Volume 95, Issue 90

Friday, March 22, 2002
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Film festival fiasco

Legal beagles chase their tails

Caravan of culture rolls through atrium

French knight forges community bond

Harpen new Alliance leader, Day now officially a loser

London says no to drugs, despite doctor's prescription

New homeless funding falls short

News Briefs

Harpen new Alliance leader, Day now officially a loser

By Marcus Maleus
Gazette staff

The Canadian Alliance has a new head honcho and if all goes according to plan, the new big cheese will reverse the party's dwindling support in the polls.

At Wednesday night's Canadian Alliance leadership convention in Calgary, veteran MP Stephen Harper garnered 55 per cent of the vote, besting former Canadian Alliance leader Stockwell Day, who received 37.5 per cent. Ballots were cast by party members in a mail-in ballot.

On campus, opinions regarding the future of the party varied.

University of Western Ontario Canadian Alliance Club president Peter DeVries said Harper's victory is a definite step forward for the party. "The fact that he won with such a large majority gives him a strong mandate," he said.

DeVries said he sees Harper as a viable alternative to Prime Minister Jean Chretien, but the possibility of forming a government will take time. "It will take a couple of months for Canadians to see what the party is made of," DeVries said.

Huron University College political science professor Paul Nesbitt-Larking said Harper has an enormous task ahead. "In the last two years, there has been infighting within the party and it has lost support in the polls," he said.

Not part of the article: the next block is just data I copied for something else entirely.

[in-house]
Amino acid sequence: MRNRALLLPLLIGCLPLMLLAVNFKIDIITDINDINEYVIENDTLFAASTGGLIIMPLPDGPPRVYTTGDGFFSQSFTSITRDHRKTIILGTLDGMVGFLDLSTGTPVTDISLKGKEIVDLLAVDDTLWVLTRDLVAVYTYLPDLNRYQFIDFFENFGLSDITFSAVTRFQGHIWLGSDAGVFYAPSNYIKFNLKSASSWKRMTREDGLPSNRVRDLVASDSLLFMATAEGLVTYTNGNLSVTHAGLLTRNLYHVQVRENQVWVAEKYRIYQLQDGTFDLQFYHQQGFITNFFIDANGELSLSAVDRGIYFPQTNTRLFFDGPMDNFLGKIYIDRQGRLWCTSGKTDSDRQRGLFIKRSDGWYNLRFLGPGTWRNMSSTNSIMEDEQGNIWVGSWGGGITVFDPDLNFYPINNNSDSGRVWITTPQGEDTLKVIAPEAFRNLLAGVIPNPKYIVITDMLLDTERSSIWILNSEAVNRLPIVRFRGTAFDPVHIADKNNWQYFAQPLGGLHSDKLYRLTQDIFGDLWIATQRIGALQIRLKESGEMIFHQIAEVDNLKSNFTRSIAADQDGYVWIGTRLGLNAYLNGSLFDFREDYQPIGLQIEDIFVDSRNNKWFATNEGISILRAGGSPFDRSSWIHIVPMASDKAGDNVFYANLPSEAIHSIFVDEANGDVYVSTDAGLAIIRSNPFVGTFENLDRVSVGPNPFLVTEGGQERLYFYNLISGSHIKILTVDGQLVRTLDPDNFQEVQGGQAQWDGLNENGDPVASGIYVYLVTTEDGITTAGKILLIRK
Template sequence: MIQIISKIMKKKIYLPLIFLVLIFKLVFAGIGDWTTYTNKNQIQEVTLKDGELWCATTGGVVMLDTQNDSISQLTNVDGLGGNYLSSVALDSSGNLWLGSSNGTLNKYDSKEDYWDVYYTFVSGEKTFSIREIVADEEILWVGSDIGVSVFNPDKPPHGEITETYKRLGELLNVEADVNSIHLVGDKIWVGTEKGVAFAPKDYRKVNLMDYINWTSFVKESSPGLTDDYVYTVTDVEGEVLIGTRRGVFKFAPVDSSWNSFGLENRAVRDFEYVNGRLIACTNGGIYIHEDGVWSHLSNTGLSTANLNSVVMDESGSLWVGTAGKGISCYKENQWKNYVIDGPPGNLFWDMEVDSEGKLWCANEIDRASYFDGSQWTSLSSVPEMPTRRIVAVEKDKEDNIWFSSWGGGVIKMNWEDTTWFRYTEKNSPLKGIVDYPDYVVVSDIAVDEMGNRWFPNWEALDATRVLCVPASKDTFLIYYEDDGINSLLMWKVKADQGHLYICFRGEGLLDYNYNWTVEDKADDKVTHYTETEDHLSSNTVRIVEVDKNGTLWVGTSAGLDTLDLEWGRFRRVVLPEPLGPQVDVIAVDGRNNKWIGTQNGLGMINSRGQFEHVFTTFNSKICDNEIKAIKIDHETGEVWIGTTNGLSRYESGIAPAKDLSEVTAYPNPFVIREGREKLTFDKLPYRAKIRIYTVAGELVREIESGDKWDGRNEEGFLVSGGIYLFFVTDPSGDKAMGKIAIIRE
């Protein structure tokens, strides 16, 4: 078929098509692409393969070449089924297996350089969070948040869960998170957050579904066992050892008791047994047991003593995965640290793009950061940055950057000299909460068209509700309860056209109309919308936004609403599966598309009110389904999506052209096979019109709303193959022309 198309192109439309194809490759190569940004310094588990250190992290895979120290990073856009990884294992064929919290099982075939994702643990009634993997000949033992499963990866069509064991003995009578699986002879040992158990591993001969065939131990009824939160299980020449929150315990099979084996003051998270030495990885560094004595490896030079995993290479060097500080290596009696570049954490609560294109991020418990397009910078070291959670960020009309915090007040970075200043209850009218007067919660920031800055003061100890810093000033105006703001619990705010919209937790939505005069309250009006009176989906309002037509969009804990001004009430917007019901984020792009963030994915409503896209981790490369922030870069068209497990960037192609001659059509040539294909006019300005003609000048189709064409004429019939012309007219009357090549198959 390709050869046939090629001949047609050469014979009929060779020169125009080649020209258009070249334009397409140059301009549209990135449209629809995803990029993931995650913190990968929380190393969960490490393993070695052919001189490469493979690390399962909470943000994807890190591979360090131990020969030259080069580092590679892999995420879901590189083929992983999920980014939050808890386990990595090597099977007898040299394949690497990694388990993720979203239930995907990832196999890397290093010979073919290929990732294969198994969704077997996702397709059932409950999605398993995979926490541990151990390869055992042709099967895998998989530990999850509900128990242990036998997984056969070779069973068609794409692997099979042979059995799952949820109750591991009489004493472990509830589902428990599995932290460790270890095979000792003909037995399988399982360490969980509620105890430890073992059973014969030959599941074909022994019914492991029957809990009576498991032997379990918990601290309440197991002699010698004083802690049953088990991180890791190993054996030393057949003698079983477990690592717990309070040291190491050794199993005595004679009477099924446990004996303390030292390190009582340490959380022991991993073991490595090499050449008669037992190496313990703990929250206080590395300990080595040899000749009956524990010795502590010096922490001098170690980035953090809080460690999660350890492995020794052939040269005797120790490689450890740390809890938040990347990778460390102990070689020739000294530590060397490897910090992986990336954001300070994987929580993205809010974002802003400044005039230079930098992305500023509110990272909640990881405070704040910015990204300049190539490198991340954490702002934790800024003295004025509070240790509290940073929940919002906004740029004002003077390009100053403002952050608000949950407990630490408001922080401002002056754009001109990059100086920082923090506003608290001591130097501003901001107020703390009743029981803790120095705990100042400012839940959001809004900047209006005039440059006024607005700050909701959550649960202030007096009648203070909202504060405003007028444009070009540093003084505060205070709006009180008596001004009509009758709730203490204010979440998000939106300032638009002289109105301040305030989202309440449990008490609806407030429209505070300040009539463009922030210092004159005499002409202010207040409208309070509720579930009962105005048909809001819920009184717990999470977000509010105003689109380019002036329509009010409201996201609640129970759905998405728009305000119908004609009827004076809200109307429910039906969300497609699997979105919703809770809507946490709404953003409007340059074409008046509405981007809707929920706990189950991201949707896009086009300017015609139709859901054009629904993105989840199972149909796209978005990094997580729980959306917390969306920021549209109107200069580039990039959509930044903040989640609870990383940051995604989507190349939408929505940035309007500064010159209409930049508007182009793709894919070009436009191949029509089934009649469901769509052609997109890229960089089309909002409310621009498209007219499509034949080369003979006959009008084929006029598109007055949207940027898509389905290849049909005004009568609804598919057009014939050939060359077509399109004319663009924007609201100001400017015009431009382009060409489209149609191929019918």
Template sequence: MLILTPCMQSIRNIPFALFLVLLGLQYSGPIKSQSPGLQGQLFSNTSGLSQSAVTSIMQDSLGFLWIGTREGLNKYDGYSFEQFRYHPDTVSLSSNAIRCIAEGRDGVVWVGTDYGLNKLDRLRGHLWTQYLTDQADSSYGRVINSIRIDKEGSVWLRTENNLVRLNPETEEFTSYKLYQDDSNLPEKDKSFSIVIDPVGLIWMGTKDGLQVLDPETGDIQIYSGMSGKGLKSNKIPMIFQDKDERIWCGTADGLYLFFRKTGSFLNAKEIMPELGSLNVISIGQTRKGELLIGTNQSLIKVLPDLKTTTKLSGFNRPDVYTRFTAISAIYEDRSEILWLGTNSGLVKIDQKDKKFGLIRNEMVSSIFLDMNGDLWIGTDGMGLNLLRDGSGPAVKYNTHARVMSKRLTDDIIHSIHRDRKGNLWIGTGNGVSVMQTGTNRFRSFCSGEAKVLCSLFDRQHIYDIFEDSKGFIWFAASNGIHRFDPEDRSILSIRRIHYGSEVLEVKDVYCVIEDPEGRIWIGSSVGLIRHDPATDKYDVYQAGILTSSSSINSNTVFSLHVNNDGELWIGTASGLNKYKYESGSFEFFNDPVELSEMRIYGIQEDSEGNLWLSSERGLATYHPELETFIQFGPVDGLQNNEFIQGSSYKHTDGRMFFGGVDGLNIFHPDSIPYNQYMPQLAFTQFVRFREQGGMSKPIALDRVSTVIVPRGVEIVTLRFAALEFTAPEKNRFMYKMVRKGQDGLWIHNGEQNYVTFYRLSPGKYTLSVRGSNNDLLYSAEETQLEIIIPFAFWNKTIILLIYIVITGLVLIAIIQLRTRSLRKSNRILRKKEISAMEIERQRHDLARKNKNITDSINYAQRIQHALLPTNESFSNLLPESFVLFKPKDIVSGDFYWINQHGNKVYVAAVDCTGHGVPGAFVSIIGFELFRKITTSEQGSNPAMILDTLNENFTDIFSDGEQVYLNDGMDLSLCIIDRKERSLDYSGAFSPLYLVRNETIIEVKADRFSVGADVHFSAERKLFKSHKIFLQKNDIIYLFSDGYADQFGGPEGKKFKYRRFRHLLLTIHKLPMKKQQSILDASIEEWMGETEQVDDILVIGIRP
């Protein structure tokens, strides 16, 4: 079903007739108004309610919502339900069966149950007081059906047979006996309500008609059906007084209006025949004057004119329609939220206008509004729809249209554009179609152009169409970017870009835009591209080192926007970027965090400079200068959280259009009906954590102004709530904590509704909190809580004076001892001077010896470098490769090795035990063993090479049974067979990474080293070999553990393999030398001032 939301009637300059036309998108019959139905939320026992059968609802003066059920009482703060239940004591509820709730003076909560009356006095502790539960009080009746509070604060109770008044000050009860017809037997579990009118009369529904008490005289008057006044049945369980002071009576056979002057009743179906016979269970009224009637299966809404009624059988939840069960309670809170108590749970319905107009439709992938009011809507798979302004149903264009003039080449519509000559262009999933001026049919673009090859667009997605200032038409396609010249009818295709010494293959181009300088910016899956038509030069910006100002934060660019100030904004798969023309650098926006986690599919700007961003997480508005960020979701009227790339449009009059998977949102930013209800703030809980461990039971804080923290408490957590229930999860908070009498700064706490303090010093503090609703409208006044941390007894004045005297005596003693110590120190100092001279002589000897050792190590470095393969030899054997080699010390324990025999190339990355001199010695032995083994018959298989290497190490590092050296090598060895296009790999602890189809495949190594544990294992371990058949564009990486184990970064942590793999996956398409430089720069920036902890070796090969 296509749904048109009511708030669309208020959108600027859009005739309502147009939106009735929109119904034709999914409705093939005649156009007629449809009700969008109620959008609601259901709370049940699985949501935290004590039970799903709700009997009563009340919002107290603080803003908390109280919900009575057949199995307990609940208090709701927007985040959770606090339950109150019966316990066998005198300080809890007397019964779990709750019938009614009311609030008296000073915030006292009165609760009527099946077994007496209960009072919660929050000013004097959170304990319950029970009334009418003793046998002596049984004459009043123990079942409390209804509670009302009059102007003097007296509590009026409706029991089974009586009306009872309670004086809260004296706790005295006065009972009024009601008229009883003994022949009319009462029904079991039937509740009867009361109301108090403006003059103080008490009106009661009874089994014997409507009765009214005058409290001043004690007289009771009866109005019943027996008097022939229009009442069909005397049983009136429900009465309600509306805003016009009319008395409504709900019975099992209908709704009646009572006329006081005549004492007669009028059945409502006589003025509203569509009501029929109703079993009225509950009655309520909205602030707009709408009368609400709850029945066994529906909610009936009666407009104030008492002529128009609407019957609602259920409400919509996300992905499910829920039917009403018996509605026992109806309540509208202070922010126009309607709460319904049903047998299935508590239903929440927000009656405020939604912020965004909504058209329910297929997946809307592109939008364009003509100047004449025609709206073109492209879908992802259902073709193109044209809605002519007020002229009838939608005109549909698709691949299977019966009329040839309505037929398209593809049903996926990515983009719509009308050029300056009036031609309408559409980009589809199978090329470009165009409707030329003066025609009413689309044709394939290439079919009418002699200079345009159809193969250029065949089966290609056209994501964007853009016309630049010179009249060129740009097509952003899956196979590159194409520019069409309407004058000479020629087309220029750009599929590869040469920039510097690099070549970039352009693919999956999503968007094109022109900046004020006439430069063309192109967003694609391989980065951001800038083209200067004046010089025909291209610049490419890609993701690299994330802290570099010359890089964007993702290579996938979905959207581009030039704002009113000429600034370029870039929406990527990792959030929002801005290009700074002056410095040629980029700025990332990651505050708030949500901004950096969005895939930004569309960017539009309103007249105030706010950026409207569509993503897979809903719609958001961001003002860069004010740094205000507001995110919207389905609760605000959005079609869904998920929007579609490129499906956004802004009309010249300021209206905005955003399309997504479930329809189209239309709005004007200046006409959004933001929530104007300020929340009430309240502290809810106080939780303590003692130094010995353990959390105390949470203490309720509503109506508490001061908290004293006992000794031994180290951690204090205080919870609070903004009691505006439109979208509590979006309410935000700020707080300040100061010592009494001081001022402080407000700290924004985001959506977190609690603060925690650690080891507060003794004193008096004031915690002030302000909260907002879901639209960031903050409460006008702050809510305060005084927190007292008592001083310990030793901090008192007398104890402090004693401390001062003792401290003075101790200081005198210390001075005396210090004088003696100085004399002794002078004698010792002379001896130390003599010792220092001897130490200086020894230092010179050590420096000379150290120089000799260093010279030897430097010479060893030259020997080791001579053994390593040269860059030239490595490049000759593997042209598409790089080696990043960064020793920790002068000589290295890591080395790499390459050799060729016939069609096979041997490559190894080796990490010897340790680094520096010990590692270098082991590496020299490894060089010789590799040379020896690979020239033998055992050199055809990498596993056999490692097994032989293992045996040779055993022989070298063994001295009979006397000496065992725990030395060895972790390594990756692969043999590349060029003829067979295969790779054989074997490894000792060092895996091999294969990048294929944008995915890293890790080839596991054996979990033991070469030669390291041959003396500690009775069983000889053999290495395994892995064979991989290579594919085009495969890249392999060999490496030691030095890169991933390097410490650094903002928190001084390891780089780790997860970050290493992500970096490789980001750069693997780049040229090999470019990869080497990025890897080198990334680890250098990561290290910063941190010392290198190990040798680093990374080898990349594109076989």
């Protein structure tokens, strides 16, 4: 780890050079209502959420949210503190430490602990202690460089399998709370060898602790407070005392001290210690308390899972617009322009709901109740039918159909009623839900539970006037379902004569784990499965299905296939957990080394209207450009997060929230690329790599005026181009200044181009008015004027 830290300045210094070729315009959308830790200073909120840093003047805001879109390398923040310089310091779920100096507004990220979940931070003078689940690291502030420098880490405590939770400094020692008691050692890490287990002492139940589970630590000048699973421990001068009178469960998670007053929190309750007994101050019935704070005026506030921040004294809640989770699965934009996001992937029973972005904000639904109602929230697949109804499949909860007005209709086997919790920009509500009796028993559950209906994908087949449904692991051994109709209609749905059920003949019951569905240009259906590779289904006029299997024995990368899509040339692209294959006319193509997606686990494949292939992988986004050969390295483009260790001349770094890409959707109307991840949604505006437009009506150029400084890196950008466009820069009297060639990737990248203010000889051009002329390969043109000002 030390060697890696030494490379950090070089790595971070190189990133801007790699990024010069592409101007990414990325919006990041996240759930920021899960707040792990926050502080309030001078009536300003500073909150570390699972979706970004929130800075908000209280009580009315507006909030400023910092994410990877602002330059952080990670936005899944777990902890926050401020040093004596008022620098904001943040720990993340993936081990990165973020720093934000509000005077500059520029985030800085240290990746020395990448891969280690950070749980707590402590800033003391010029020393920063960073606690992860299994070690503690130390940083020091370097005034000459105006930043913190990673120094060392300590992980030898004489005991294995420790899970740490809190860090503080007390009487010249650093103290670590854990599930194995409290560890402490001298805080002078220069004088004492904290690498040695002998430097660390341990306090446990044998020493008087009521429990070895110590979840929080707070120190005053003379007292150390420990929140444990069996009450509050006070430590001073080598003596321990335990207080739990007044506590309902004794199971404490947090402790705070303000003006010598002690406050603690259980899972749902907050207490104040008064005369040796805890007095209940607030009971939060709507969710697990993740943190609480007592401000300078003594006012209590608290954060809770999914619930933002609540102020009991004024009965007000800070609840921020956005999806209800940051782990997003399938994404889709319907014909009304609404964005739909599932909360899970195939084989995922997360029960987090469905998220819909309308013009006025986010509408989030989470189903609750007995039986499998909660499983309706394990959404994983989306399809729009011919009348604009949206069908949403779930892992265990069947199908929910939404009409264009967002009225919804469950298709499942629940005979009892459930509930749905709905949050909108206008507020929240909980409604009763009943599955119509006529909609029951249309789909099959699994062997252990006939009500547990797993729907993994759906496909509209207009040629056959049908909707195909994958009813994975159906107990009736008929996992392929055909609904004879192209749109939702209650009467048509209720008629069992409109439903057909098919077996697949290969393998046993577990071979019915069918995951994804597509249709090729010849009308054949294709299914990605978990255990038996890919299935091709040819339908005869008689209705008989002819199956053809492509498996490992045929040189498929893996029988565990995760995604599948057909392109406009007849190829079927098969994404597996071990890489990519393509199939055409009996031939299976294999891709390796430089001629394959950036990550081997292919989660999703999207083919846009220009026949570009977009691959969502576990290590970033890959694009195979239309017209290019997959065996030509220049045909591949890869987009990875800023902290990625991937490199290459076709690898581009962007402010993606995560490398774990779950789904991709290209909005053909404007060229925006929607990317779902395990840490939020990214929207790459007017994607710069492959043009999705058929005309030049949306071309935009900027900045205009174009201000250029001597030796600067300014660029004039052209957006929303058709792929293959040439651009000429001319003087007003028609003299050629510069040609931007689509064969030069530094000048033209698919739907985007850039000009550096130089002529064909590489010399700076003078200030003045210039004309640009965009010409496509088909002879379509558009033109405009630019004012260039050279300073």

"Harper has to be a party healer – he has to bring together the various factions behind his leadership. He has to present the Alliance as a viable alternative to the Liberals and move to a more moderate conservatism fiscally, while putting off the social conservatism element," he said.

Forming a government will be a major challenge to the Canadian Alliance during the two years remaining in Harper's mandate. "As it looks now, it'll take at least [one more] election for Harper to form a government," Nesbitt-Larking said.

Harper's victory comes amid decreasing national support for the Alliance party. "The victory puts talks of the future of the party to rest for a while. The question of uniting the right is off to the side for the time being," said Western political science professor Ian Brodie.

UWO Progressive Conservative Club president Rohan Belliappa agreed with Brodie when he said Harper's victory will postpone talks of uniting the right.

However, Belliappa said Harper's victory is a jolt of new energy into federal politics. "It'll be interesting to see how [Progressive Conservative party leader] Joe Clark and Harper work together, considering both have Tory pasts," Belliappa said.

"If Harper can't establish a national appeal, then the [Progressive Conservatives] stand to gain a lot," Belliappa said.

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Copyright The Gazette 2002